He also appeared in the South Park Episode "Chef Aid". In the episode, Chef attempts to sue an artist regarding her new hit song, saying that he created the song years ago. However, he is counter-sued by the artist's record company and needs to raise a large amount of money to pay bail. Stan, Kyle, Cartman and Kenny decide to ask Chef's celebrity friends to create a benefit concert with the proceeds going to Chef. They visit people such as Meat Loaf and Elton John, who agree and provide a flashback reason for their decision. In Meat Loaf's flashback, he claims that he was starting out as an unsuccessful artist named Cous-cous, and after being booed off stage and almost deciding to quit, Chef tells him that his name might be the problem, and then hands him a plate of meatloaf to cheer him up.

Meat Loaf made a cameo appearance in Jimmy Kimmel Live as one of the celebrity singing choir for the musical sketch, "I'm F*cking Ben Affleck", which is a star-studded sketch where host Jimmy Kimmel responds to Sarah Silverman's sketch titled "I'm F*cking Matt Damon", which featured Silverman and Damon as themselves singing an innuendo-filled ballad.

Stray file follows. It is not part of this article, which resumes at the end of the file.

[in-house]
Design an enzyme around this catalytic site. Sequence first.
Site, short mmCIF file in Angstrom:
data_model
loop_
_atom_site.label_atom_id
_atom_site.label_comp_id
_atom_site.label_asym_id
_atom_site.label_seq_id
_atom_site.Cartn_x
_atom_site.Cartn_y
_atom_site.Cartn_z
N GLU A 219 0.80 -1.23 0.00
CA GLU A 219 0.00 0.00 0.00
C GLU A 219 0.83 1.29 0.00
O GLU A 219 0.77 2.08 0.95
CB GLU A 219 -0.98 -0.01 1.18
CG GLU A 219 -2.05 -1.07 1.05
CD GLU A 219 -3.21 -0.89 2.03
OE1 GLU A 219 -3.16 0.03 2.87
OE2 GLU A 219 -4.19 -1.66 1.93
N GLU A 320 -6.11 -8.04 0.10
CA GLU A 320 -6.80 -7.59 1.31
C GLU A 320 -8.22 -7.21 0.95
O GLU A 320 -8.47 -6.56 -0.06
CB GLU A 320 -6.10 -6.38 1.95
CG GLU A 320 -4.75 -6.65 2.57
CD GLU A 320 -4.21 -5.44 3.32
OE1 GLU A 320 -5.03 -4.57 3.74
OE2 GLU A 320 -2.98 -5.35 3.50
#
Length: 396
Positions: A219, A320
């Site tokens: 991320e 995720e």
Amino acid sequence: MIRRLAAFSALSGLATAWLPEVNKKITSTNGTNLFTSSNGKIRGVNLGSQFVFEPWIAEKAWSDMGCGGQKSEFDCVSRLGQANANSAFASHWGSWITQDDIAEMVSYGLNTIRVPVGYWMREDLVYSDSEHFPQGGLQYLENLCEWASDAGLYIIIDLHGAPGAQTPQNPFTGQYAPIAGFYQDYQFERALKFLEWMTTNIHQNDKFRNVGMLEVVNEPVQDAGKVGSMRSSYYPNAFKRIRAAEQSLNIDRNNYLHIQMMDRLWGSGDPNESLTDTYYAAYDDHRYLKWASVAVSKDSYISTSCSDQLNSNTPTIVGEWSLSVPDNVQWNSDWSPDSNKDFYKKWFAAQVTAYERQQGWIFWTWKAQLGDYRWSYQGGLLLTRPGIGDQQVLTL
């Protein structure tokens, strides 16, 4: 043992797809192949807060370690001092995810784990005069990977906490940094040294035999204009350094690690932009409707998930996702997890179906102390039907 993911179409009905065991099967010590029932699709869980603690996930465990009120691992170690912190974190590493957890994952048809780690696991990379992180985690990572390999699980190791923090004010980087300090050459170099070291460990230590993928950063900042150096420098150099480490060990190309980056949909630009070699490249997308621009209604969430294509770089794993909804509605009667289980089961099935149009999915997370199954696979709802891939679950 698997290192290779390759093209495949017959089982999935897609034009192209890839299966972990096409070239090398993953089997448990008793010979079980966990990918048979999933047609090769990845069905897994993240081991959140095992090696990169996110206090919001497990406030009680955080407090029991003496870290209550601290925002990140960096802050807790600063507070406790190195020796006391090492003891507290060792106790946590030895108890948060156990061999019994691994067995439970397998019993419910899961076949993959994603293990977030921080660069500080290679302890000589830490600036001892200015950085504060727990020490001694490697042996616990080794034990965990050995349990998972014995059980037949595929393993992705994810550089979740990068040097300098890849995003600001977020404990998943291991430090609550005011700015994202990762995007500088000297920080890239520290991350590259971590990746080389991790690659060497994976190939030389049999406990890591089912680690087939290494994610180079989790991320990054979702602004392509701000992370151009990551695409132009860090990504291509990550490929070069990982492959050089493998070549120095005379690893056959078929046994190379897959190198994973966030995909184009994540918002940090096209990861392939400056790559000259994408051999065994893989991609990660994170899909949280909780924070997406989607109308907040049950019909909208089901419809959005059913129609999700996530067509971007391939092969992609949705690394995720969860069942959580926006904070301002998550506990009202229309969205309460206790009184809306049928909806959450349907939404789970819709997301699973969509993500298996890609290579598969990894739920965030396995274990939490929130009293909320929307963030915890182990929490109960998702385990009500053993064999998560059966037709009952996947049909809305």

He recently appeared in a AT&T GoPhone commercial and parodied "Let Me Sleep on It", part of the song Paradise by the Dashboard Light with actor Adam Cagley playing his son and 80s pop diva Tiffany Darwish as his wife. Meat Loaf currently has a show airing on DirecTV called Rock and a Hard Place. It takes bands that are fairly well-known and asks them trivia questions to raise money for charity.

Meat Loaf, along with his daughter Pearl Aday and his longtime duet partner Patti Russo, recently taped an episode of the FOX game show Don't Forget the Lyrics!.

Personal life

From August 26 to August 28, 2006, Meat Loaf took part in an annual celebrity golf version of the Ryder Cup called The All*Star Cup in South Wales, UK. August 26, 2006 was a practice day, while August 27 and August 28, 2006 were the two days of actual competition. Europe won the Cup for the second consecutive year. Meat Loaf lost his two games, but was a major hit with the crowds, entertaining them with lots of laughs and fun as he made his way around the course. Alice Cooper was a fellow member of the US team. The event was a big success, with large crowds attending, and the two main days of competition were shown live on UK television.